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What's Next For Libya?

Reut Cohen |
August 25, 2011 | 9:28 p.m. PDT

Executive Producer

Libyan Rebels in March 2011. (Nasser Nouri, Creative Commons)
Libyan Rebels in March 2011. (Nasser Nouri, Creative Commons)
In an exclusive interview with Neon Tommy, Dr. Zuhdi Jasser, a recognized expert on political Islam and American Islamist organizations, discusses the turmoil in Libya and the future of the poor but oil-rich North African country.

Jasser, a devout Muslim, founded the American Islamic Forum for Democracy in 2003. He has briefed members of the House and Senate congressional anti-terrorism caucuses about radical Islam. Jasser's organization seeks to “provide an American Muslim voice” while arguing for the founding principles of freedom in the U.S. Constitution. Jasser is a former Lieutenant Commander in the United States Navy and served 11 years as a medical officer. 

What are the immediate challenges Libya faces as rebels continue to take over more of the country.

Zuhdi Jasser: The Islamists in many of these countries have a disproportionate influence in the immediate vacuum that will happen in the post-departure of dictators. This is why the first few weeks, the first few months, are very important to be involved. Not with boots on the ground but covertly, such as intelligence operations and NGOs.

Describe what Libyans can do to ensure that their country doesn't transition from a corrupt regime to an oppressive theocratic one?

ZJ: We need to put things in perspective. There is no way to improve and reform Muslim interpretations of Islam against dangers of the Muslim Brotherhood and their offshoots in the environment that was Gaddafi’s Libya. That environment was nutritional support to Al Qaeda-type movements and radical Islamists. For those of us that are working not only against radical Islam but political Islam which feeds it, we can only work in an open environment. Many reformists have said that you need to defeat their ideas with ideas. The Gaddafi-type environment, the strongman, militant, oppressive regimes that prevent the Brotherhood-type groups from coming into power, in doing so, end up empowering them by pushing them underground and allowing them to spread through a victimization status.

Some reports have indicated that there is a danger Libyan rebels are tied to terrorist organizations, including Al Qaeda. Are you concerned about the possible link between Al Qaeda and some of the rebels fighting against Gaddafi loyalists?

ZJ: This constant refrain of Gaddafi as he made crazy remarks in his last few days—typical to his standard—was, well, 'if I leave Al Qaeda will be running the government.' There may be some truth to that because he knows—he allows them to have weapons and then use them as an excuse continue oppression in his country. Ultimately, as we’ll see in the next few months, it’s going to be tough work. We may take a few steps back before we take any steps forward.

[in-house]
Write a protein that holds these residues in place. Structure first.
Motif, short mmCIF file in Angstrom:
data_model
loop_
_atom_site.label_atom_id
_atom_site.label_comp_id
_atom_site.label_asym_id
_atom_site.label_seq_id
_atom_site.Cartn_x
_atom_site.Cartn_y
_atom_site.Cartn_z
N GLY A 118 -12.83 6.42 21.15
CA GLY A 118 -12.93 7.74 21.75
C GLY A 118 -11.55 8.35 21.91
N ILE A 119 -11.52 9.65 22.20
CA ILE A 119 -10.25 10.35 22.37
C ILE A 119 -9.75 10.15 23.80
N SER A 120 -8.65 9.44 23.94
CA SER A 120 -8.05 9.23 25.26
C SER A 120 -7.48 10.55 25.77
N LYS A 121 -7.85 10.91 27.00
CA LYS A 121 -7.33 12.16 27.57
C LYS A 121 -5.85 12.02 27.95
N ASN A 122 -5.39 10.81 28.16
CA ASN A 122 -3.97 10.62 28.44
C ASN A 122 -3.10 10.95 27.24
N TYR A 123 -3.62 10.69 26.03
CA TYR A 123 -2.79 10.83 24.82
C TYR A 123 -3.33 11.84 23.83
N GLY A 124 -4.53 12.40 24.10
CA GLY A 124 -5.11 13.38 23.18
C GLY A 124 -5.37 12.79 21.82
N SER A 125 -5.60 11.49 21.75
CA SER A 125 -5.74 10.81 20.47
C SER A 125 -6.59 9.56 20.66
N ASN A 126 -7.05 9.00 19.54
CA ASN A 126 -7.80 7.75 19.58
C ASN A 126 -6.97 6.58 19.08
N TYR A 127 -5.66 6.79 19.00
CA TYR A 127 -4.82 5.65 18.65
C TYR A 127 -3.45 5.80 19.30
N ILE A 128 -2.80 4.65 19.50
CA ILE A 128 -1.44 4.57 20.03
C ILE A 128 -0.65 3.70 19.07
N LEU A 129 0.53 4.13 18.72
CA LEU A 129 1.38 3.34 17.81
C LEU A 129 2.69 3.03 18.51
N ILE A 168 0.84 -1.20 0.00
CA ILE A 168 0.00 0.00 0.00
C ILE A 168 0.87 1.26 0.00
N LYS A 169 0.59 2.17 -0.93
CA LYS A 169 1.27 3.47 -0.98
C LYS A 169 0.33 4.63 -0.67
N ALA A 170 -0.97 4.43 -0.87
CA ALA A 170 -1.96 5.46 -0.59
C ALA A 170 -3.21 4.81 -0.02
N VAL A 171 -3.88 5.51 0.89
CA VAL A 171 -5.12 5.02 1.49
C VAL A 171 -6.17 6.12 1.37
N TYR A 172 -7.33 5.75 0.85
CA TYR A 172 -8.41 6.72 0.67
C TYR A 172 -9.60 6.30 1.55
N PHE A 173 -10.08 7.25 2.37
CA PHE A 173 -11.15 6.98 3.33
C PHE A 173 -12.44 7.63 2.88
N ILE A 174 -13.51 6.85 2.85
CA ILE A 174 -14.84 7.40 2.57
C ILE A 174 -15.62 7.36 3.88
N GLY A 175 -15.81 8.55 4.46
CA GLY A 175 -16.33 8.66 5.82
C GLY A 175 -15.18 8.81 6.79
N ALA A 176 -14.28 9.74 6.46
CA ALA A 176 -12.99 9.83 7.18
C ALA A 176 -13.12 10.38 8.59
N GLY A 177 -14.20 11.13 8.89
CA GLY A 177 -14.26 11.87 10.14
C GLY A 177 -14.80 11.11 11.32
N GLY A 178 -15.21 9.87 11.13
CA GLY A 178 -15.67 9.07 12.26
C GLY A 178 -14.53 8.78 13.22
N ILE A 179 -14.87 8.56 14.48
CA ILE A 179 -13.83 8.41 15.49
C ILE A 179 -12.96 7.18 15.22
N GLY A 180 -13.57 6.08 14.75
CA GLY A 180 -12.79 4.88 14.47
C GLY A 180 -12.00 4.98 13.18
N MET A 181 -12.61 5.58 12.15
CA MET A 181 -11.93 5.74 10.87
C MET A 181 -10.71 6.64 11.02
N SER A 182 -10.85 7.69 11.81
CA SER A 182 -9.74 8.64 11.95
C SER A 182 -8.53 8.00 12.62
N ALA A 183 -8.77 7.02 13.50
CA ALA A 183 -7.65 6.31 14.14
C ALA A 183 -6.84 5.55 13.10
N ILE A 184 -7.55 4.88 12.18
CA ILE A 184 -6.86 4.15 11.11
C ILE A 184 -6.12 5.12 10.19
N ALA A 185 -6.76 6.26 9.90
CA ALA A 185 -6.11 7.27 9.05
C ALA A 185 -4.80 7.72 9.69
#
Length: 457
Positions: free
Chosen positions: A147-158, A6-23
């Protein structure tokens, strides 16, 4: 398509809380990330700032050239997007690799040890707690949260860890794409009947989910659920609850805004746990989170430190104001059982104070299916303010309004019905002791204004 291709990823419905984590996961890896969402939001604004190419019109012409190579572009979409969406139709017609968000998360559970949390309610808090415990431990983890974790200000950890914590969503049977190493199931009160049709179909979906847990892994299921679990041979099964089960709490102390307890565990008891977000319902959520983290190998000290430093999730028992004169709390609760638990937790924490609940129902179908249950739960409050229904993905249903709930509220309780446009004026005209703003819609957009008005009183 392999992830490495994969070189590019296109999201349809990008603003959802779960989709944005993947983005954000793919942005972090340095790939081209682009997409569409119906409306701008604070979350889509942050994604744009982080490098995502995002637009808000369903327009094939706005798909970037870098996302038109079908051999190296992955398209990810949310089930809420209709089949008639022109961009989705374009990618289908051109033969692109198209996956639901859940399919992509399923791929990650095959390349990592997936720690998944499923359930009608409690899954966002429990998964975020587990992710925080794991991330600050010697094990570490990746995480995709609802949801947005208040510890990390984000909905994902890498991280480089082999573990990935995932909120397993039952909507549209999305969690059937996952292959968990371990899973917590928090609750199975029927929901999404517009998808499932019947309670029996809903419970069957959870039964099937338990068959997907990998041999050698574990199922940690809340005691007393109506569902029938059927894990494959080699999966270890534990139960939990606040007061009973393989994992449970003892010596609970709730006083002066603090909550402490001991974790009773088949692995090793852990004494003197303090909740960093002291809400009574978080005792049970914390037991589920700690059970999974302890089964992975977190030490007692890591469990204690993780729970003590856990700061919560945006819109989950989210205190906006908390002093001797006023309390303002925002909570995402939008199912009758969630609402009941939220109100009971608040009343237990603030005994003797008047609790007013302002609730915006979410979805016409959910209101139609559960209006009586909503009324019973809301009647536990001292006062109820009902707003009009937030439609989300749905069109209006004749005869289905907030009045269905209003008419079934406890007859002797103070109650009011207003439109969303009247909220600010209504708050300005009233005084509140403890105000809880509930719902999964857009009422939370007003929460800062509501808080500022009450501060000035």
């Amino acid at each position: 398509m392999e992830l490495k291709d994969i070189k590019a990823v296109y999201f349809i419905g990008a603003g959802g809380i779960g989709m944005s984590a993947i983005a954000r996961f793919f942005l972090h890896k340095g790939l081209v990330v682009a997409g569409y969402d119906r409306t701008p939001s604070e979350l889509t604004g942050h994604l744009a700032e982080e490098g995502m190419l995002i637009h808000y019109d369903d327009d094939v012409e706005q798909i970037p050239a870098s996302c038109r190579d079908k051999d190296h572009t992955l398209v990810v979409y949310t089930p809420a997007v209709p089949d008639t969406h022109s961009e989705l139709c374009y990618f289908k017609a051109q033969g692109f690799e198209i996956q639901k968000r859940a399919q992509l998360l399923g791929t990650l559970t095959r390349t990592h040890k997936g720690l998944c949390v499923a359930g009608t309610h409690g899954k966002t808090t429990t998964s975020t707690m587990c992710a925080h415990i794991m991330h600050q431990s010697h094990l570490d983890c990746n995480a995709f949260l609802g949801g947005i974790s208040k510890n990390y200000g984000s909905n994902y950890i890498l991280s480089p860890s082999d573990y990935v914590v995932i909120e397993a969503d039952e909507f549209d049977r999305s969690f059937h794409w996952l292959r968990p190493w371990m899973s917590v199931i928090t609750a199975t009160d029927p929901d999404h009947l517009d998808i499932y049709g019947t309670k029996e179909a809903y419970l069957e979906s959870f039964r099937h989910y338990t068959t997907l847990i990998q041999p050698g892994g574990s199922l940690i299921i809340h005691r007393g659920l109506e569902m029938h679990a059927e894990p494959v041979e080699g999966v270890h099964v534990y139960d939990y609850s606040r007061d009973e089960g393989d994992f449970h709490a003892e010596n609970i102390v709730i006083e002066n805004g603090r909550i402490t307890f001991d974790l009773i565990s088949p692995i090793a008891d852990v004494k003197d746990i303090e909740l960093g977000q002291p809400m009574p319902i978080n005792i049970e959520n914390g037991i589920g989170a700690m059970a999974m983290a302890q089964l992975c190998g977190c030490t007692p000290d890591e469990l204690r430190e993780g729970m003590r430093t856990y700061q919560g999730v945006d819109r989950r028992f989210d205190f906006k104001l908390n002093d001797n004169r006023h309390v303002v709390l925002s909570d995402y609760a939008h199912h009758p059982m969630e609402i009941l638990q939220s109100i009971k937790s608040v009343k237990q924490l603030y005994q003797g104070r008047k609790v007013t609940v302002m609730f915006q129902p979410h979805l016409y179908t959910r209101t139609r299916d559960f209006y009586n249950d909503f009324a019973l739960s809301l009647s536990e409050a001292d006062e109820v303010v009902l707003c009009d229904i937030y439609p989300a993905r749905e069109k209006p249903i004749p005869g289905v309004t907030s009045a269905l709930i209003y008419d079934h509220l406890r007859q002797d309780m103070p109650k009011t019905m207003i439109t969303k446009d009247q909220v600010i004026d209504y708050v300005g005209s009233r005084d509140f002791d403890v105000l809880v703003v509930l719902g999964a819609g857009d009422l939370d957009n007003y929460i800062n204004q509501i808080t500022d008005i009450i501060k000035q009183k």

Can you explain the steps that need to be taken to defeat Islamism and make Libya more free?

ZJ: The first step in defeating Islamism is the democratization of states like Libya and the removal of individuals like Gaddafi. Having said that it’s the first step in a very long journey. Once you remove secular dictator, like we saw in Iraq, you could take step backwards and end up with a theocratic dictator. The question is how do these governments and how do these societies end up moving toward types of societies that would be natural allies of the West— secular, liberal democracies.

Is there anything America can do to prevent theocracy from taking root?

ZJ: The response [in America] to our economic problems and the Iraq and Afghanistan conflicts has been a flourishing of a sort of isolationism. You see individuals like Ron Paul and others who have these bizarrely isolationist ideas that are gaining more traction. I would say we’re still going to be sending aid to these countries and all we need to do is transform that from throwing cash at these countries. For example, President Obama said that in a post-Gaddafi Libya he would provide aid. So ultimately, rather than that aid being cash it should be a partnership of building institutions and also be very transparent.

What should Americans know about Libya?

ZJ: Libyan people, like the Syrian and Egyptian people, are a vibrant community that have been waiting for that time in which they can begin to broaden their educational systems, their economic systems. This is not going to happen overnight. Calling this part of the 'Arab Spring' is such a misnomer. It makes Americans feel like, 'oh, okay, we’re done, they’re going to have a democracy now that Gaddafi is gone.' That’s just absurd. After you’ve lived under the evil of Gaddafi for 42 years you are going to have two generations, almost, that have survived through corruption and survival of the fittest. This does not create a culture of morality necessary for a democracy.

What do you think prompted NATO involvement in Libya? Why not Syria? Or Iran, where protesters took the streets in 2009 in an attempt to democratize their country?

ZJ:  The short answer is I have no idea. It doesn’t make any sense. The biggest threat to American security right now is Iran because of its sophistication, verbiage and policies against the West, and nuclear possibilities. You look at Syria—you see that it's a conduit for the funneling of weapons, fuel and money to Hezbollah, and its threat upon Israel, our greatest ally in the Middle East. Right now, it looks like it was a first come first serve basis on foreign policy. 


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